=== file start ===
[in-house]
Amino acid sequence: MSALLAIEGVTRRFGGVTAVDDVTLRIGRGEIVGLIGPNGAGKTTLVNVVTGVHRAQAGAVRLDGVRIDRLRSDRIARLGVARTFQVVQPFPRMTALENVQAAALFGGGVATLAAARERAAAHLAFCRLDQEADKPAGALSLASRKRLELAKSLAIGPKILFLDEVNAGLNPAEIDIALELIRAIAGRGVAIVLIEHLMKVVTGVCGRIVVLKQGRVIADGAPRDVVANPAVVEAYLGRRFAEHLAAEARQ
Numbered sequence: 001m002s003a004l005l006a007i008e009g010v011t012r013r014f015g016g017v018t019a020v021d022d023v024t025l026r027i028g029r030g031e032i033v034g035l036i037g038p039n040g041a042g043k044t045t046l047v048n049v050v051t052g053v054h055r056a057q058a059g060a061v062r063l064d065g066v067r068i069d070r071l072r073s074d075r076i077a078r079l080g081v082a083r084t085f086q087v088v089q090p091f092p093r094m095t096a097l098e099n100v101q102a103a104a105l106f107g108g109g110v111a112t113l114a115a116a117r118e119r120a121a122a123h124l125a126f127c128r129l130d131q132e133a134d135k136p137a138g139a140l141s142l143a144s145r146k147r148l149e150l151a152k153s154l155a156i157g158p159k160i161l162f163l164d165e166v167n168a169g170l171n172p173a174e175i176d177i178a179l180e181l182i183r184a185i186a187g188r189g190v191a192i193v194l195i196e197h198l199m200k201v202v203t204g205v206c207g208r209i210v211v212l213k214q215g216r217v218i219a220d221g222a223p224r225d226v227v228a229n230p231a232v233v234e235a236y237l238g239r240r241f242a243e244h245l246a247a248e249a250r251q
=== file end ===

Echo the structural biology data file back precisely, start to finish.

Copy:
[in-house]
Amino acid sequence: MSALLAIEGVTRRFGGVTAVDDVTLRIGRGEIVGLIGPNGAGKTTLVNVVTGVHRAQAGAVRLDGVRIDRLRSDRIARLGVARTFQVVQPFPRMTALENVQAAALFGGGVATLAAARERAAAHLAFCRLDQEADKPAGALSLASRKRLELAKSLAIGPKILFLDEVNAGLNPAEIDIALELIRAIAGRGVAIVLIEHLMKVVTGVCGRIVVLKQGRVIADGAPRDVVANPAVVEAYLGRRFAEHLAAEARQ
Numbered sequence: 001m002s003a004l005l006a007i008e009g010v011t012r013r014f015g016g017v018t019a020v021d022d023v024t025l026r027i028g029r030g031e032i033v034g035l036i037g038p039n040g041a042g043k044t045t046l047v048n049v050v051t052g053v054h055r056a057q058a059g060a061v062r063l064d065g066v067r068i069d070r071l072r073s074d075r076i077a078r079l080g081v082a083r084t085f086q087v088v089q090p091f092p093r094m095t096a097l098e099n100v101q102a103a104a105l106f107g108g109g110v111a112t113l114a115a116a117r118e119r120a121a122a123h124l125a126f127c128r129l130d131q132e133a134d135k136p137a138g139a140l141s142l143a144s145r146k147r148l149e150l151a152k153s154l155a156i157g158p159k160i161l162f163l164d165e166v167n168a169g170l171n172p173a174e175i176d177i178a179l180e181l182i183r184a185i186a187g188r189g190v191a192i193v194l195i196e197h198l199m200k201v202v203t204g205v206c207g208r209i210v211v212l213k214q215g216r217v218i219a220d221g222a223p224r225d226v227v228a229n230p231a232v233v234e235a236y237l238g239r240r241f242a243e244h245l246a247a248e249a250r251q